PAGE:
Of Love & Loss

04 Jan Of Love & Loss

Welcome, Wednesday. It’s a big day for the LOL. Tonight is our monthly meeting, when we will be discussing our latest novel, Annabel. New Year’s resolutions to curtail food and drink may be thwarted as the appies roll out and the wine doth pour but recent events have only served to confirm my motto: Live a lot. Not just a little. A lot. Seize this life with all your might and delight in it every moment you can.

Sadly, one of our book club members and a dear friend of mine, Laura, lost her mother on New Year’s Day. Cleone had just turned 91 on December 18th, celebrating her day with pizza and her favourite, ice-cream cake. When a common cold became complicated, she ended up in the hospital and while Laura says her mom stayed strong until the end, it was time and the New Year was ushered in with great change and great grief for my friend as she bid her mother good-bye…for now. With her permission, I share some of Laura’s thoughts on her mom. A woman of the word, Laura pays tribute beautifully:

I am blessed to have had such a strong and wise woman as my mother. She is my inspiration and I would be happy to have half of her grace, positive attitude and unassailable ability to embrace life’s hurdles. She could roll with the punches and laugh at the blows, with – I might add –  a sense of humour that would crack up even the most solemn. I was so lucky to have her for as long as I did and have enough time with her at the end to say my good byes. Loosing her will create a vast emptiness in my heart, the extent of which is too soon to fully appreciate.

Reading this you will know, clearly, Laura inherited the qualities she admired in her mom. Share a glass of wine with Laura (or read her novel-in-progress)and you will know laughter and love of life–an infectious sense of humor–are among the best of those attributes passed from mother to daughter.

And so  I have concluded the reading of Annabel with a smile on my face.  Oh, how I love a great ending, worthy of a great book. I wish I could chat endlessly about the the conclusion..there’s so much to say…but I am reluctant to spoil it for those who have yet to pick up Kathleen Winter’s book. Like many who have read it (I’m sure) I kept wondering how she would bring it around. How would she resolve Wayne’s quest for self? I won’t tell you, but in reading some of the praise for the novel, I was struck by a couple in particular. From the Ottawa Citizen:

“Annabel is less about gender divides and more about the gossamer lines that connect one to another. A book like this, its topic and beautiful language, the unrelenting sorrow, Winter’s insightful characterizations and utter sensitivity, is difficult to do justice with these few words…”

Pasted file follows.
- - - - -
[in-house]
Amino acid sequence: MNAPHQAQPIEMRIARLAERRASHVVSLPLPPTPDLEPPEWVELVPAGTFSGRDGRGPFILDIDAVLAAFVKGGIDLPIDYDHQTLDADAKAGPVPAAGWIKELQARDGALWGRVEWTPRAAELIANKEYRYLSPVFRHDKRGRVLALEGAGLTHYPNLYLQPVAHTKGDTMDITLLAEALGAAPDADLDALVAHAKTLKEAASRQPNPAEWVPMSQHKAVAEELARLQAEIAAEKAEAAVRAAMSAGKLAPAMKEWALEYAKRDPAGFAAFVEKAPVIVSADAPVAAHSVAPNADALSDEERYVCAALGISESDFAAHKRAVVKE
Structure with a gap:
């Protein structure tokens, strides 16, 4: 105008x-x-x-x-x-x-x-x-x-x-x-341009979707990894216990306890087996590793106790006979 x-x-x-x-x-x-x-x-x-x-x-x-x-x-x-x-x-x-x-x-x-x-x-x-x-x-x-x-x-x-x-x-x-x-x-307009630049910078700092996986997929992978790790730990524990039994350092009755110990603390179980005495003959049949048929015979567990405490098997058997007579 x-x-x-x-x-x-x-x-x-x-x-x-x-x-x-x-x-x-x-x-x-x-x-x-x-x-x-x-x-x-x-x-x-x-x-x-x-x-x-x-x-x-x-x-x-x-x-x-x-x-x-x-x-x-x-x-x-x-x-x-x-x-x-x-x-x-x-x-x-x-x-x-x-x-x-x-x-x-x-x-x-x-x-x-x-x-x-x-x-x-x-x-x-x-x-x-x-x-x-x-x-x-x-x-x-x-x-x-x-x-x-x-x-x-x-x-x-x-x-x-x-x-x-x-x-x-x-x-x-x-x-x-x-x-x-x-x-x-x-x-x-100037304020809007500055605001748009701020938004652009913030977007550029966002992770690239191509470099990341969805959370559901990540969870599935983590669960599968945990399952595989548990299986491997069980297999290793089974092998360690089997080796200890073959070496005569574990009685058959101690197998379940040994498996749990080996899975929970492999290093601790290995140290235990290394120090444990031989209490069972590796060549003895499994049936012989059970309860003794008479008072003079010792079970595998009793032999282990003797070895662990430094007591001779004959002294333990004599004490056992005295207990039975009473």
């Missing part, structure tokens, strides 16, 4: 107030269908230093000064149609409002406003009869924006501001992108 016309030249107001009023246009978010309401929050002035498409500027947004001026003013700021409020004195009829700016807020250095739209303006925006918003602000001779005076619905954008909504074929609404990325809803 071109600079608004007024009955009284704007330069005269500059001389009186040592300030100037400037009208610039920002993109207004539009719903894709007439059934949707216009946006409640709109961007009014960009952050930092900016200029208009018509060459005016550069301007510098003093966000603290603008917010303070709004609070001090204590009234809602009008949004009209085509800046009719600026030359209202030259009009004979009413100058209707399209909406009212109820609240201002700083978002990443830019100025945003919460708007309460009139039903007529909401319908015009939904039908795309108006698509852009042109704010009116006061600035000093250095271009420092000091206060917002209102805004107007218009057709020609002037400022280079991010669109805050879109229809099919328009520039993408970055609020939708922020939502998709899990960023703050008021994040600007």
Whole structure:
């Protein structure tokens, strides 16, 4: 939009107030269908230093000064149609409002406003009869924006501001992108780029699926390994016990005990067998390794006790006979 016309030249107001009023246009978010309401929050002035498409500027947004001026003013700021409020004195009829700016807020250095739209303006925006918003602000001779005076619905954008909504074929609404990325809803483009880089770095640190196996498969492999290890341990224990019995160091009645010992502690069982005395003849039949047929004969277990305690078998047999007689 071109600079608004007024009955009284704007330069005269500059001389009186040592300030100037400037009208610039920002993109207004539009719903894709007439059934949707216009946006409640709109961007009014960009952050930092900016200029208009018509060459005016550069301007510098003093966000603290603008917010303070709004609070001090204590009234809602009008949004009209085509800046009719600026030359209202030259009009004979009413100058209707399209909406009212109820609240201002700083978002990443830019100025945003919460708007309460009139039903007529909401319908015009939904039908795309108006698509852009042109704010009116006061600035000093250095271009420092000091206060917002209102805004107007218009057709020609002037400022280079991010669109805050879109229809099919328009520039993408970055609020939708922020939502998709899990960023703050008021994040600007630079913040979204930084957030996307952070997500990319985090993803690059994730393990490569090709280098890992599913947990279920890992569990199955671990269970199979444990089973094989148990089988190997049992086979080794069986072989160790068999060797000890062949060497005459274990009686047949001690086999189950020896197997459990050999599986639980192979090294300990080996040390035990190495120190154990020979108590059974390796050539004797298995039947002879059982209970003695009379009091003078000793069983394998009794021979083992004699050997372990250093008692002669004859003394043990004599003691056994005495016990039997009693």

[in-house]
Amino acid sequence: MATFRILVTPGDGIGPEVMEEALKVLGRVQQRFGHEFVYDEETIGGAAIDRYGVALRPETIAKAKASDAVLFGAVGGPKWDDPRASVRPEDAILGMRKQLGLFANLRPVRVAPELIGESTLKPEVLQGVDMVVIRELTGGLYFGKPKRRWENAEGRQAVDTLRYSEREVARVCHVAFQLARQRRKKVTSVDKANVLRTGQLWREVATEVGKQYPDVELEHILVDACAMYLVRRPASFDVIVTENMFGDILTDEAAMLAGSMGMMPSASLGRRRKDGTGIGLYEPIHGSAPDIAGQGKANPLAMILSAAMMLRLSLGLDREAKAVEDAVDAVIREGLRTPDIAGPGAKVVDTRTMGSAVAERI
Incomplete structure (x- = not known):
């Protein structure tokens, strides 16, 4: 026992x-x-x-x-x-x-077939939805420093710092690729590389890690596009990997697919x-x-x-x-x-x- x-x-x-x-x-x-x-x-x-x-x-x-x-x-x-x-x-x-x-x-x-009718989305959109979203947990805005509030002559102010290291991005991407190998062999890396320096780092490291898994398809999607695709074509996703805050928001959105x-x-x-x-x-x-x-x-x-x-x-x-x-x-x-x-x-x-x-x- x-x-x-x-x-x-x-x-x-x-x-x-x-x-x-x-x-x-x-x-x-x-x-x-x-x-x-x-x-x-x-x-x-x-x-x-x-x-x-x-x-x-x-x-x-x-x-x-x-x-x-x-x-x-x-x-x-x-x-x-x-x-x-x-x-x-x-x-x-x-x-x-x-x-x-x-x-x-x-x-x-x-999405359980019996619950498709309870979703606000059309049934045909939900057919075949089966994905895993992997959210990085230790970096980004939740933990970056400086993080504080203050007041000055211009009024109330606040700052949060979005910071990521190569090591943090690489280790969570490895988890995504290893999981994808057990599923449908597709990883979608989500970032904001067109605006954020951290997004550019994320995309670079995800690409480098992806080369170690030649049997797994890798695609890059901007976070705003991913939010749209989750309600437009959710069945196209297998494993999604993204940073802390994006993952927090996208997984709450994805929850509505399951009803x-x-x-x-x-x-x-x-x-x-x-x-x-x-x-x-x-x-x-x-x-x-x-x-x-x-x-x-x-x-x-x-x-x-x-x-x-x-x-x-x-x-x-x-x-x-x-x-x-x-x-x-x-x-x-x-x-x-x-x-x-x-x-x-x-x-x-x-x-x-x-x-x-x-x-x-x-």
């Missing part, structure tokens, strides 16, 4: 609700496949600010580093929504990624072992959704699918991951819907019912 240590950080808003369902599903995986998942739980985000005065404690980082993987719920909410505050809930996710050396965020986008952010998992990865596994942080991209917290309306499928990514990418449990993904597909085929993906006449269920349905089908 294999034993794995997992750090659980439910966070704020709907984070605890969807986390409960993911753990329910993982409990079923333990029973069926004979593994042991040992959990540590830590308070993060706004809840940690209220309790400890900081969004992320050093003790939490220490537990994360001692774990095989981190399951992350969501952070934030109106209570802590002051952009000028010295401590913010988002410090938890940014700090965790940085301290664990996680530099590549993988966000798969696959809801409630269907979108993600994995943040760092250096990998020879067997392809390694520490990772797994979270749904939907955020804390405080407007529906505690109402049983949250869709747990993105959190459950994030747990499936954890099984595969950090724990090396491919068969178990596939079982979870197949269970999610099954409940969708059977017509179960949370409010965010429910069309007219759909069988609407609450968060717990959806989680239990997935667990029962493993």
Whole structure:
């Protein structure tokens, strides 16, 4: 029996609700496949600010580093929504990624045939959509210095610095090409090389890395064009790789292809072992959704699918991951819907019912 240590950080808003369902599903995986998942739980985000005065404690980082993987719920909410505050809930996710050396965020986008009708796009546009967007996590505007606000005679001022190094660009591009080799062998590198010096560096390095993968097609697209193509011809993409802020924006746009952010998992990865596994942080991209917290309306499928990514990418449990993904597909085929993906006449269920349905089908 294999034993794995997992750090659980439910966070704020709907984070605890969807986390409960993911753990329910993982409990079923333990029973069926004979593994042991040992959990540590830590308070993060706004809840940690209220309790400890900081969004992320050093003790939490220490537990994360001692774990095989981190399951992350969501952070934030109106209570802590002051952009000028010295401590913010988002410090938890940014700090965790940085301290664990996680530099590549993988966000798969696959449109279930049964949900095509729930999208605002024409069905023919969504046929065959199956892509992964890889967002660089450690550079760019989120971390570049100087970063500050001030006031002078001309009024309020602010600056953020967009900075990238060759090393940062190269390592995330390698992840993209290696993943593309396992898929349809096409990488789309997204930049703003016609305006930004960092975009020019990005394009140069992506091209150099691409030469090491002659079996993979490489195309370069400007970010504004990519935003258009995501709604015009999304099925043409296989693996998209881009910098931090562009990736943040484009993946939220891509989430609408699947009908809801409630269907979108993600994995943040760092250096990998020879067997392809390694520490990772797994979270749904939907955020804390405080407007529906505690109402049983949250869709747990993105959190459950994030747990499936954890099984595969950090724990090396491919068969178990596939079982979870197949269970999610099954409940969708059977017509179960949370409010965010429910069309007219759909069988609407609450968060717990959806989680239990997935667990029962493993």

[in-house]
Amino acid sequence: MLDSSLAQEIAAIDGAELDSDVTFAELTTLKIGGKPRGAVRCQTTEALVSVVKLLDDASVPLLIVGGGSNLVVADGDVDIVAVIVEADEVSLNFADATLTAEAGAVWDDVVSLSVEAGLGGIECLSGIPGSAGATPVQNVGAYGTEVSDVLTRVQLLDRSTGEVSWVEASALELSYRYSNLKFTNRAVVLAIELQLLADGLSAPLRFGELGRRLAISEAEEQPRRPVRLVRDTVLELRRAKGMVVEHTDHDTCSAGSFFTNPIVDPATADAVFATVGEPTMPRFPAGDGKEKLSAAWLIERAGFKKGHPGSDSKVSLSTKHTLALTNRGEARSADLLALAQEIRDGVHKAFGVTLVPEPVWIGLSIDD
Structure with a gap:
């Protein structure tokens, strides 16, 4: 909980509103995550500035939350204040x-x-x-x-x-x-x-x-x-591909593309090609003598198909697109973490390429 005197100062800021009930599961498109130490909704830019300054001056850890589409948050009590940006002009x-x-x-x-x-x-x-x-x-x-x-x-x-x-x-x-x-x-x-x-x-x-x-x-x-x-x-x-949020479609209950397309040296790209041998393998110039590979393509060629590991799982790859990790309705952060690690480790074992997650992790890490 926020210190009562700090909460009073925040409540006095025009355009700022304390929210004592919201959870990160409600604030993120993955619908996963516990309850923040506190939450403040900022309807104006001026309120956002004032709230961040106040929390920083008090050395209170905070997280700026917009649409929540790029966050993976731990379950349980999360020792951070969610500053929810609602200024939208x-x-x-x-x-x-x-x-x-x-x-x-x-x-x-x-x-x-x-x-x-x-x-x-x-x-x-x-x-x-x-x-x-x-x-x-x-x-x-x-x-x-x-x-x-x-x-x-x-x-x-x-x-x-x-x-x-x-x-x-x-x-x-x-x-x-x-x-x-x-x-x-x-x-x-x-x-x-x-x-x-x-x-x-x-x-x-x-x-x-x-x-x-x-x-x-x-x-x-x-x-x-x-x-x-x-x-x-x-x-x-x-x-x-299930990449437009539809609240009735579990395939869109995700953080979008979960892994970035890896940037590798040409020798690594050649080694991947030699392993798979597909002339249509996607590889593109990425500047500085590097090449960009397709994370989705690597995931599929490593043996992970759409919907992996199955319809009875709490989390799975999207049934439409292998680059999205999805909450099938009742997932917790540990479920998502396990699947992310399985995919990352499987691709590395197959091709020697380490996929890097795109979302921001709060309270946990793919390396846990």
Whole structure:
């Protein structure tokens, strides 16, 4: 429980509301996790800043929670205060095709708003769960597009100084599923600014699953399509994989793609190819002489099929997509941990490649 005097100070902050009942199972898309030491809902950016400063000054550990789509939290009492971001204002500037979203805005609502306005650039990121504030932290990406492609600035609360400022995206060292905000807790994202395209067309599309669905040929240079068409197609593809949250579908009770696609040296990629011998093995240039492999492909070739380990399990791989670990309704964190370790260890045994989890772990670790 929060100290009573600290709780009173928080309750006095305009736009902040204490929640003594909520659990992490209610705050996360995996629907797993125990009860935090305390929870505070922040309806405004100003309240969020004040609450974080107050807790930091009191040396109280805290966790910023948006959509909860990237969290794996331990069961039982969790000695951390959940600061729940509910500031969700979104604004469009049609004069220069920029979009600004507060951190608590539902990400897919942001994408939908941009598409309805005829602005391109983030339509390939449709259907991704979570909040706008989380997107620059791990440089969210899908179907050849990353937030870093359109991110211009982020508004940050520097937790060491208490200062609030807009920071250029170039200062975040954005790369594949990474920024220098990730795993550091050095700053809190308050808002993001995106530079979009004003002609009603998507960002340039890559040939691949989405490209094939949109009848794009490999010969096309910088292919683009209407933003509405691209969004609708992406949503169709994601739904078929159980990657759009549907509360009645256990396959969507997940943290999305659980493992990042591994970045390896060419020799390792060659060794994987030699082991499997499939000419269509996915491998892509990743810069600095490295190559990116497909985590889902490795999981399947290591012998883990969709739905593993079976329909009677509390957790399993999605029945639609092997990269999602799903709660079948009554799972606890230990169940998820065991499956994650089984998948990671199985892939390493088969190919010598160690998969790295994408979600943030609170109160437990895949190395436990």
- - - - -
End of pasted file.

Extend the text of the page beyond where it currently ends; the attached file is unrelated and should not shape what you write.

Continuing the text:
And this, from A.L. Kennedy:

“Annabel is a mature and beautifully crafted debut, full of savagely clear-eyed observation and startling compassion.”

I love that! “Savagely clear-eyed observation” and “startling compassion”. The wild scenery, the wild animals, and the wild nature of man: There are moments near the end of the novel that are completely savage and raw and frankly hard to read as you envision Wayne’s ordeal, yet there are precious interactions with people who shed such wisdom, offer sincere compassion, and act with such authentic decency, the reader is offered a sense of hope. When Wayne is experimenting with his feminine side and meets a Lancolm makeup artist who sits him down to apply cosmetics to Wayne’s face, Winter employs humor while elevating the artist to a rarely seen role of genuine goodness. Wayne decides the artist looks like actor/comedian, Robin Williams and thereafter refers to him as “Robin Williams” in his mind.

“He said this with kindness, and Wayne had a sense of the world being a place where everyone had the sorrows he had, whereas, before sitting here with Robin Williams, the world had been a place where most people coped much better than Wayne did. Wayne pictured everyone in the rain with their sorrows, which were quiet, personal sorrows of every kind, and Robin Williams had studied them all.”


“Robin Williams felt that life was something in which maybe you would cry, and he gave every woman dignity by tracing her mouth, her eyes, her skin, with kind hands.”

I could go on…There’s so much to say about this book…so many interactions, small shared events, seemingly mundane moments between people, so  poignant, so simple on the surface but which really uncovered something so much deeper about who each of them was…those passages were poetry.

I loved Robin Williams and the light he lent simply by being, by giving, by receiving, without judgment or question or condemnation. There are more such touching moments with other characters, namely Wayne’s father, Wally, & Thomasina that lent their own light and offered up hope in this novel.

…Embracing life, with all its sorrow and all its joy and all its mystery, seizing it and doing what we can with what we’ve been given.

Laura’s mom did it beautifully.Cheers!